157 – 165 East Cordova Street

This single storey retail building has been around since 1912 when Purdy & Lonergan designed and built it for $12,000 – which seems a surprisingly high amount of money for the period. This is half the building; the other half is to the right of the picture and slightly higher (because of the grade change on this part of Cordova), and addressed to Main Street. The developer was recorded as E McGuinness. Nobody of that name appears in the street directory, but a Mr. and Mrs. Edward McGuinness had been living on Davie Street in 1906. The Daily World even reported their movements, so they were clearly known around the city: “Mr. and Mrs. E. McGuinness and family of Davie street have returned home from Seattle”.

They were still at 1121 Davie in 1907, but in October there was an auction sale of the contents of the house, and in 1908 Mr. and Mrs. Richard S Ford were receiving visitors at that address (on Tuesdays), according to ‘The Elite Directory of Vancouver’. (Richard was publisher of the ‘Saturday Sunset’ newspaper). The McGuinness family weren’t obviously in the city before 1906, or after 1907, and in both of those years Edward is shown as ‘retired’. We can’t even be sure that he’s the developer of these buildings, but there are no other obvious candidates.

In 1909 E McGuinness obtained a permit for a brick store on the corner of Pender and Howe, according to the Contract Record, designed by C F Perry. Mr McGinnis (sic) also developed eight houses on Davie Street in 1903, including the house where he briefly lived from1906. In 1909 Mr. and Mrs. E McGuinness sailed for New South Wales from Victoria.

There are a couple of possible people who might be the developer. E J McGinnis was listed in the Vancouver directory as the Canadian Pacific Railway’s agent in Seattle in the early 1890s, but isn’t obviously resident at any time in Canada. There is also Edward W McGinnis, who died in Vernecliffe, Bainbridge Island, just south of the border. He was a Real Estate Broker who was born in 1861 in Massachusetts, and he was in Seattle when he died. Whoever the developer was, he probably wasn’t a Canadian resident for any longer than the 2 years in the mid 1900s.

The four stores here were initially occupied by Polyjos, a restaurant run by Colombas and Dascales. Next door was C Y Song Hing, a shoemaker, then the BC Cycle Co and at 165 Albert Burns sold hardware. At the end of the war only Albert was still in business. two of the units were vacant, and the People’s Mission occupied 159.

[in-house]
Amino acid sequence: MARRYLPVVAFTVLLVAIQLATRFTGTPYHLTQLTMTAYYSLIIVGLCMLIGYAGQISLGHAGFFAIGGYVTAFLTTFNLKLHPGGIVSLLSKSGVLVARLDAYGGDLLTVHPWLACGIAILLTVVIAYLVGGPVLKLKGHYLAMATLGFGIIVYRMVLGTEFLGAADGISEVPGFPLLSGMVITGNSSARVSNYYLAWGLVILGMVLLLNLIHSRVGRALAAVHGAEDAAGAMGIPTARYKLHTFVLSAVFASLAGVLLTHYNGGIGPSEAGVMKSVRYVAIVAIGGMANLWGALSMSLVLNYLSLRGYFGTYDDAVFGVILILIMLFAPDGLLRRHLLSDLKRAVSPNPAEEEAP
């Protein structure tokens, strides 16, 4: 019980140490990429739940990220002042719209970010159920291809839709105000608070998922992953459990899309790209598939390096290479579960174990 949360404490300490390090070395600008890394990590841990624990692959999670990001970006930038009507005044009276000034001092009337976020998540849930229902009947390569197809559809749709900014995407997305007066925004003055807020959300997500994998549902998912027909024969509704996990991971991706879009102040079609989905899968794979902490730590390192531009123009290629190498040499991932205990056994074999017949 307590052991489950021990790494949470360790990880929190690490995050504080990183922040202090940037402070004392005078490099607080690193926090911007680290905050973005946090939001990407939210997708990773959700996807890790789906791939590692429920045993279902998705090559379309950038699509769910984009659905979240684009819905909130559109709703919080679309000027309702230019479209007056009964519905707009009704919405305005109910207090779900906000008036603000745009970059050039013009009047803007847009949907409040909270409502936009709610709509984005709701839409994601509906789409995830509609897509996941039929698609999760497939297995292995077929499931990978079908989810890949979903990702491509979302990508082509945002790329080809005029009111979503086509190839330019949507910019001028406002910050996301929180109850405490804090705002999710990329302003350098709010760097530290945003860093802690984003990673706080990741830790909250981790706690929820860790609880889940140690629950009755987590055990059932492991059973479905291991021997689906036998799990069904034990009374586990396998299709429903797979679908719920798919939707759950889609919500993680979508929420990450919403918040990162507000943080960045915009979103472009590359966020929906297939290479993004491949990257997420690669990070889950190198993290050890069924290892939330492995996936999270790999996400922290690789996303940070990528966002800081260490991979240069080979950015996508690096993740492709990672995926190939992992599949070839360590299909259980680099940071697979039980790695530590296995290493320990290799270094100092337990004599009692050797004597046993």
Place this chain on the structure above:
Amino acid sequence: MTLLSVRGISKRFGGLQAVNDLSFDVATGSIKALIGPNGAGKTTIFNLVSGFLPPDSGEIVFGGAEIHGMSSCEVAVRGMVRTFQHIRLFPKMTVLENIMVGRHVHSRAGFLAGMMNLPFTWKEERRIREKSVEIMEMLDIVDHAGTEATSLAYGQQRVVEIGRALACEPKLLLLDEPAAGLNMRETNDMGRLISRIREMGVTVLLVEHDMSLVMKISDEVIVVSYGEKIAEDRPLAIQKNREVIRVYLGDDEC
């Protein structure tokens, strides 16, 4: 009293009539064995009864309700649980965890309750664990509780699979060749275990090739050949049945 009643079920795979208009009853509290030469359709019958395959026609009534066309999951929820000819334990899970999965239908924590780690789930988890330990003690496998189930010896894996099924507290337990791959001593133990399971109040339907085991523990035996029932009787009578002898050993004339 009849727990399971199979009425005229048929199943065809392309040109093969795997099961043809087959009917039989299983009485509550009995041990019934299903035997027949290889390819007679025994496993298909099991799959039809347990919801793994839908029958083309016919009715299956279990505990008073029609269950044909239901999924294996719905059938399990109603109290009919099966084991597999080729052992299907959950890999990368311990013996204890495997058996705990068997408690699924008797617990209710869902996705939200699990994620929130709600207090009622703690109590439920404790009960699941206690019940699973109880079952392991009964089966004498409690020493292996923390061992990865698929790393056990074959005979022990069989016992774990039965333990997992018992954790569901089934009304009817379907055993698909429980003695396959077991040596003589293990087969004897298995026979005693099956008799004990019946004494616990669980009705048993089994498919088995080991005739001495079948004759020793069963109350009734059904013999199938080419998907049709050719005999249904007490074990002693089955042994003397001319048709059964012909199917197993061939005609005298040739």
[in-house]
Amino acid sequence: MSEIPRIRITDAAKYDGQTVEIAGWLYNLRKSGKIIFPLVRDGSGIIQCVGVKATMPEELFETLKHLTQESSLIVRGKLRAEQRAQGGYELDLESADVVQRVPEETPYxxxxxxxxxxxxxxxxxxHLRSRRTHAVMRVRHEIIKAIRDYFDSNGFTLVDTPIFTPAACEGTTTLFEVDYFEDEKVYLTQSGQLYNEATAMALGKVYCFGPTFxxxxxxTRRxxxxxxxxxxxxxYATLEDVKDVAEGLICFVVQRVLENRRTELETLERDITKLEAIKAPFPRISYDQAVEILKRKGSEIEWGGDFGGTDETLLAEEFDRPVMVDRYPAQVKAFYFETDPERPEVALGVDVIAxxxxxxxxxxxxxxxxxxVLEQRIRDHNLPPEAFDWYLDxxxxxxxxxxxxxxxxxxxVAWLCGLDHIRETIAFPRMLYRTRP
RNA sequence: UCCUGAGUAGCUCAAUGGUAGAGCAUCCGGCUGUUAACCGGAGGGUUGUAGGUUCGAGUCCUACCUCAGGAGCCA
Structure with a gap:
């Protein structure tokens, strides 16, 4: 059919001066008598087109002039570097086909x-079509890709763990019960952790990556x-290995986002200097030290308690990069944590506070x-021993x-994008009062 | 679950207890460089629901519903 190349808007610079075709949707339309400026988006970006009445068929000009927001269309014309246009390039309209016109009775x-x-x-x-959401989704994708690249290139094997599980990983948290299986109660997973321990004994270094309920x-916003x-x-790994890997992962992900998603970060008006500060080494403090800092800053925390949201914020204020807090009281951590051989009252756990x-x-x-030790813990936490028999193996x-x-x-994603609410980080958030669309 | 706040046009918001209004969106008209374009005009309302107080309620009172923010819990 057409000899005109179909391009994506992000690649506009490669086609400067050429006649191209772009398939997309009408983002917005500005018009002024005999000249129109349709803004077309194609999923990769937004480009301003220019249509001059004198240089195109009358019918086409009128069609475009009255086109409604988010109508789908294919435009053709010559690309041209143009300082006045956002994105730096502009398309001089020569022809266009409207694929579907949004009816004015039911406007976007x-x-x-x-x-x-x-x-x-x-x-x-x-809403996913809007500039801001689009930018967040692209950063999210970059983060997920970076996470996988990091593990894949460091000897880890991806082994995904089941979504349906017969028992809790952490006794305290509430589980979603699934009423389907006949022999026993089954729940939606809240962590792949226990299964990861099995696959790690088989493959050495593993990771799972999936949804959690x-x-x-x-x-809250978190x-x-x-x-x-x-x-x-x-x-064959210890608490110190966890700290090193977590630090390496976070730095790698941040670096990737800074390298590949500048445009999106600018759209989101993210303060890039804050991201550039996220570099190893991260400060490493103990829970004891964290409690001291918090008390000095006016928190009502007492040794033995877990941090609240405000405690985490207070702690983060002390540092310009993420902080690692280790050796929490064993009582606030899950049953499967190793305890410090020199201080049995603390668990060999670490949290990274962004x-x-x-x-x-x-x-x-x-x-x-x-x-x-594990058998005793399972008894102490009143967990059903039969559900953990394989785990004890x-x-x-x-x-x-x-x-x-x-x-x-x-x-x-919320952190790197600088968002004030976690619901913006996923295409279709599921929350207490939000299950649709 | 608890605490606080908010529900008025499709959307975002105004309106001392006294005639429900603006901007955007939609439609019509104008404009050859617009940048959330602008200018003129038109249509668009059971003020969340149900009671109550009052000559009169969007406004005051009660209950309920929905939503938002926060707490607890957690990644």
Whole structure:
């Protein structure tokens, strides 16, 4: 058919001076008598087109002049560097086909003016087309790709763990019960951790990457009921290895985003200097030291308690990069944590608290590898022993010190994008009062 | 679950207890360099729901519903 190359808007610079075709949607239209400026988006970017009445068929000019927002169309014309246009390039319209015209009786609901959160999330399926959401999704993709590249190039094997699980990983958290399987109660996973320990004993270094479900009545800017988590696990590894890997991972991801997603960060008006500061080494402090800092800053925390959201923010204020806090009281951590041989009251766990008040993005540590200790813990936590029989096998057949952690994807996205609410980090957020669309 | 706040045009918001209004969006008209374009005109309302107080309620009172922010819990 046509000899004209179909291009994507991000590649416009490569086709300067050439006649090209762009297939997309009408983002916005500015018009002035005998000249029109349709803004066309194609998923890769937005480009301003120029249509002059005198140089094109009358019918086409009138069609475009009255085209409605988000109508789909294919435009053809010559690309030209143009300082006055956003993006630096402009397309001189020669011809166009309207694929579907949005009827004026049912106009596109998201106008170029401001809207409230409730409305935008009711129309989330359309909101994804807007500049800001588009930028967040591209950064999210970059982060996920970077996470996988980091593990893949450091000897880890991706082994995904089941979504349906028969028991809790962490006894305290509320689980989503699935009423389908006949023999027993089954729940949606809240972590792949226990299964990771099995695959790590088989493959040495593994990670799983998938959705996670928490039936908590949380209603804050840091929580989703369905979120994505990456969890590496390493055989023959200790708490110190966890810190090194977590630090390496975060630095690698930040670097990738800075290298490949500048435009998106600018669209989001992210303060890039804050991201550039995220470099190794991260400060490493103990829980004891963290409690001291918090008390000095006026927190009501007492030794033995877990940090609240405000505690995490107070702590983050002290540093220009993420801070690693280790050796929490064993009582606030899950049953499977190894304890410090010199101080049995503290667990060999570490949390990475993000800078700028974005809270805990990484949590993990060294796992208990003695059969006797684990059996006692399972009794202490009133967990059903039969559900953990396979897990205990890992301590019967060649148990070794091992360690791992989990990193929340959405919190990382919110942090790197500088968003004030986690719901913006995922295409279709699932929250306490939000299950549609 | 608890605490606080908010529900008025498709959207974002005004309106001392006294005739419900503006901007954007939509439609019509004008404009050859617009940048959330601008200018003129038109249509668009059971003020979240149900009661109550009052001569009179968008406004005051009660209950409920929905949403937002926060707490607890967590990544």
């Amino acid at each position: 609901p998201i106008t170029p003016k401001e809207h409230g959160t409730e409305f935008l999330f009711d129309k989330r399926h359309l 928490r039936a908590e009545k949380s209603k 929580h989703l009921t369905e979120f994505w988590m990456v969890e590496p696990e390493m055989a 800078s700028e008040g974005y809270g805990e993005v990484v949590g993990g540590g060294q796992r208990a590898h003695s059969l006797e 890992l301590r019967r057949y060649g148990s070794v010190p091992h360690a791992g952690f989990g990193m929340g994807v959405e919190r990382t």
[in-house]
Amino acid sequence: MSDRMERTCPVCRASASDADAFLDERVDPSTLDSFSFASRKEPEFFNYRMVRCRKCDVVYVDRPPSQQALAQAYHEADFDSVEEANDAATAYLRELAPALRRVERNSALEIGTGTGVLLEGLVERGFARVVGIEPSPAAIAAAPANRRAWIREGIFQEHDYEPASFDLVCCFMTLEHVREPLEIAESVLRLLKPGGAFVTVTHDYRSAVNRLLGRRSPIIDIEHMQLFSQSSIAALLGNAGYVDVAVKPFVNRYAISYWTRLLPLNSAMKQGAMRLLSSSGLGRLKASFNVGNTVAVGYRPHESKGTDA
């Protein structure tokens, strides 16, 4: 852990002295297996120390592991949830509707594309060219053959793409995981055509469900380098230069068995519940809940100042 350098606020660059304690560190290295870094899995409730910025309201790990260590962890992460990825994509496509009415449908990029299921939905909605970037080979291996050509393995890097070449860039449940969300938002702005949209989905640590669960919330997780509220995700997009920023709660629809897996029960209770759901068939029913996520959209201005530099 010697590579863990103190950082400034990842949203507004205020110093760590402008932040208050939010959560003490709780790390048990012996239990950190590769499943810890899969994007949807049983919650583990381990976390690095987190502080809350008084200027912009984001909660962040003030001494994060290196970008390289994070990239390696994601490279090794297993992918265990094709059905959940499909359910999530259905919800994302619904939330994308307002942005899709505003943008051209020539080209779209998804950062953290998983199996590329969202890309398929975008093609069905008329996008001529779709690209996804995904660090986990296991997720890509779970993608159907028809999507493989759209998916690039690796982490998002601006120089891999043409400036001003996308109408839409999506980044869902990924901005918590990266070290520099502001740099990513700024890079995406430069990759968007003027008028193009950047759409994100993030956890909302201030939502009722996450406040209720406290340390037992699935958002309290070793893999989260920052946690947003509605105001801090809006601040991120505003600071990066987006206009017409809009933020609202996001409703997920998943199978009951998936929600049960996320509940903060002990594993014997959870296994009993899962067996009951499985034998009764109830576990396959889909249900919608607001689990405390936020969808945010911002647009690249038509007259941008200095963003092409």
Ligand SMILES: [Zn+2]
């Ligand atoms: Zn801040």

By the mid 1920s the expanding Japanese community had moved west from their Powell Street hub; Moriyama & Co occupied 157-161 and S Matsumiya was in 163. A decade later Moriyama were still at 157, selling second hand furniture, 163 was the Sunshine Mission and the Pacific Trading Co sold brushes at 165. In 1942 Mrs Moriyama, who was still trading that year, was forced to move to an internment camp, and only one of the four units was occupied a year later, by the Sunshine Apostolic Mission. That year Rev. Barker from Toronto, billed as a former well-known organist and professional musician, lectured at the mission “When the lights go out on the road to hell.” The lights went out in the mission too, as subsequently the street directory couldn’t be bothered to list the occupants of any of the units other than the generic ‘Orientals’.

We’re fairly certain that the units were used as residences, although in 1948 the Scandinavian Baptist Mission occupied one unit. In 1951 Anthony Cappello was living at 159 when he was acquitted on drug possession charges. In 1955 there were five units, as there are today. At 157 Lin Lee lived here, 159 was occupied by J Payne, a tailor, 161 by Ko Yak Sing, 163 by Tai Lai and 165 by Young Chow, who was a typesetter. DERA, the early non-profit housing association had their offices here in the mid 1970s, but don’t appear to have been here when our 1985 image was taken.

Today there’s a sign maker, a Harm Reduction Consultancy, an art gallery and a Vintage Clothing store.

Image source: City of Vancouver Archives CVA 790-2449

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Posted 6 June 2022 by ChangingCity in East End, Still Standing

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